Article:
“I have no need of a chaperone, sir.”

“Oh, really?” he said. “Awfully brave of you.”

“And why is that?” I asked. I had been down this street countless times and had never seen anything even remotely threatening. Granted never at night, but surely it was all right.

“Tis not safe for such a beautiful young lady to be alone when there are unsavory characters about.”

“I am more than capable of taking care of myself, thank you,” I said with a confidence I no longer felt.

“Oh, I’ve no doubt,” he said. “But why don’t you let me walk you home just in case.”

“I’m not quite ready to go home just yet, but I thank you kindly for the offer,” I said hoping he wouldn’t pick up on my uneasiness.

“Maybe you should let me walk you home anyway,” he said.

I narrowed my eyes at him. “Alright.”

He offered me his arm and I hesitated before taking it. It did not go unnoticed.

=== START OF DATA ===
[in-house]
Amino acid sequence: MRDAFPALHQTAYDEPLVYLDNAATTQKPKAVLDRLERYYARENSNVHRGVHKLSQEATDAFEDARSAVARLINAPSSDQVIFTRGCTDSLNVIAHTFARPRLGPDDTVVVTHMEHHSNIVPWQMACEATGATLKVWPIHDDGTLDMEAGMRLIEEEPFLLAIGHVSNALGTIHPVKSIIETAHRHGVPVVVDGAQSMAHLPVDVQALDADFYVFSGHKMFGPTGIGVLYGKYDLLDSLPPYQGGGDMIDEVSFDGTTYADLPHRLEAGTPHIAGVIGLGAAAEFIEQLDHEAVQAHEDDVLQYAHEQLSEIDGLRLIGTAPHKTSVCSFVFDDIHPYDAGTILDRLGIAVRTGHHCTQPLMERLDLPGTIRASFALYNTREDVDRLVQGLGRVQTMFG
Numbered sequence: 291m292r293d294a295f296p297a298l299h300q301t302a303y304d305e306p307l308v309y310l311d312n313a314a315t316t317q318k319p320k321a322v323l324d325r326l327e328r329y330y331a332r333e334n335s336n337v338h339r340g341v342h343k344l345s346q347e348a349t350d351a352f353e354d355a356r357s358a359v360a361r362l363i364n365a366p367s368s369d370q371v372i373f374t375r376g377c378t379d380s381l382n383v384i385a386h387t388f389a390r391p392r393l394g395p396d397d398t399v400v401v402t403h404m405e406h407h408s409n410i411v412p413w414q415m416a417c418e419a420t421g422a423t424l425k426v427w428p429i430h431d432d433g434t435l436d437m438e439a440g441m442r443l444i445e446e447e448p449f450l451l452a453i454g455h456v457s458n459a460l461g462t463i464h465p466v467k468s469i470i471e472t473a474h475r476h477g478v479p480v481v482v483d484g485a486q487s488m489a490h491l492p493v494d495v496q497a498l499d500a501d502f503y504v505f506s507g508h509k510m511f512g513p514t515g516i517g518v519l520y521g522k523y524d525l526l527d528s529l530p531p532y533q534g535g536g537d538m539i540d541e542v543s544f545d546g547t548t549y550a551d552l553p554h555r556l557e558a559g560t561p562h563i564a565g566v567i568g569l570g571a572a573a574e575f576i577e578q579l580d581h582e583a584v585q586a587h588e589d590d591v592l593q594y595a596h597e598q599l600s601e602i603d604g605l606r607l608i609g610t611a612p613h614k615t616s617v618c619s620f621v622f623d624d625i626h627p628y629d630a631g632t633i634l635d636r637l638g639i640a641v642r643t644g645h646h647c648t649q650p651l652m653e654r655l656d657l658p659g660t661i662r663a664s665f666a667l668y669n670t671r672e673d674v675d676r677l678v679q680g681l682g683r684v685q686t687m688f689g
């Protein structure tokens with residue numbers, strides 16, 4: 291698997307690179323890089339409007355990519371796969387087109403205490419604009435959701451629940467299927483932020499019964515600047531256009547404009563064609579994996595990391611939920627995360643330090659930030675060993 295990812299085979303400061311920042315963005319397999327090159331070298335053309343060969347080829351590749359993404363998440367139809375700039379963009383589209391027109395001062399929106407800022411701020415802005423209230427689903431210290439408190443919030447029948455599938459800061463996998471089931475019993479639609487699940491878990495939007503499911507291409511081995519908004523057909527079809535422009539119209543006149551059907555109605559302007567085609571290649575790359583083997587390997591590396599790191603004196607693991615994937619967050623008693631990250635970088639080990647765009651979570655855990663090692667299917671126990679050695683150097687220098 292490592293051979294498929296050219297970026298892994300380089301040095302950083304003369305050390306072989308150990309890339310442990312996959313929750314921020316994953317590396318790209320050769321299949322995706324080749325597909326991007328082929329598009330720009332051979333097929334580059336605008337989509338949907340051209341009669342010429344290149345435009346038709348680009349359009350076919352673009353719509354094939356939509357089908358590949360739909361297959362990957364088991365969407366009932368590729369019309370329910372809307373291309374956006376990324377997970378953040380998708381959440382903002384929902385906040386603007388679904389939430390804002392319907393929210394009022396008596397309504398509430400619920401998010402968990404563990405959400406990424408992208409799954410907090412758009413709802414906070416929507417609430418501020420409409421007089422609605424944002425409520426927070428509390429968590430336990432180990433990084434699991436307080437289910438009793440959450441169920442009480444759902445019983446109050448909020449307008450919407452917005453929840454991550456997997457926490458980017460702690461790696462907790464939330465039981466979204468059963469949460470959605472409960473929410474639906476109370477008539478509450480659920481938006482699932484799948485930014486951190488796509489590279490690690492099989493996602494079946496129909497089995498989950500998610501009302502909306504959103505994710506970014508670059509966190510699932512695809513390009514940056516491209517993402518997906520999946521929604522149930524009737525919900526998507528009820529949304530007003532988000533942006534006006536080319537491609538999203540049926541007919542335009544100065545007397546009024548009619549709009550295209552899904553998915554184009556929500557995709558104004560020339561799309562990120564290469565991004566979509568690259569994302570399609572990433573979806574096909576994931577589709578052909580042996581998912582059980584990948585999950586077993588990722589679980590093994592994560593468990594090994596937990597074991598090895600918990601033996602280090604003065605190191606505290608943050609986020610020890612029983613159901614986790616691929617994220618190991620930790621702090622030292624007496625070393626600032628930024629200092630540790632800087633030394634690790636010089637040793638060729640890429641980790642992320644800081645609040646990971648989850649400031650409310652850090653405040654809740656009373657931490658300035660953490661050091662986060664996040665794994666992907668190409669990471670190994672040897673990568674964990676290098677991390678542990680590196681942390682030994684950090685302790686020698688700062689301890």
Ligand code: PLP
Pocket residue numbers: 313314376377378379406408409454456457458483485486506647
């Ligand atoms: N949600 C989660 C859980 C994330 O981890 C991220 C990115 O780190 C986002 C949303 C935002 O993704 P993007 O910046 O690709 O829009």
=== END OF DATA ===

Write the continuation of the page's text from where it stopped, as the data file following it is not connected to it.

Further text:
“You’ve no need to fear me, miss. My name’s Jake. I live just down the way.” He gestured vaguely behind him.

“Pleasure to make your acquaintance, Mr. Jake,” I said formally.

He chuckled lightly. “Just plain Jake, ma’am.”

“All right,” I said with a small smile. “Just Jake, it is. Rebecca.”

He smiled back in a way that put me a little more at ease with this handsome stranger.

“What did you mean when you said there were unsavory characters about?” I asked, excited to hear about the less than perfect side to this picturesque city.

He flashed a wicked smile in my direction and laughed heartily. “Could you truly handle yourself if the situation arose?”

“I believe I could,” I said confidently. I was no stranger to schoolyard scuffles, much to Mother’s dismay, and I was an excellent swimmer with very strong arms and legs as a result.

He smiled a wide, dazzling smile and chuckled lightly. “You’re truly not ready to go home?”

“I am not,” I said, returning his smile.

“Hmm,” he said and scratched his jaw. He hadn’t shaved in a few days, but the effect only proved to enhance his features, not detract from them. My heart picked up its pace at the hope of a nighttime adventure.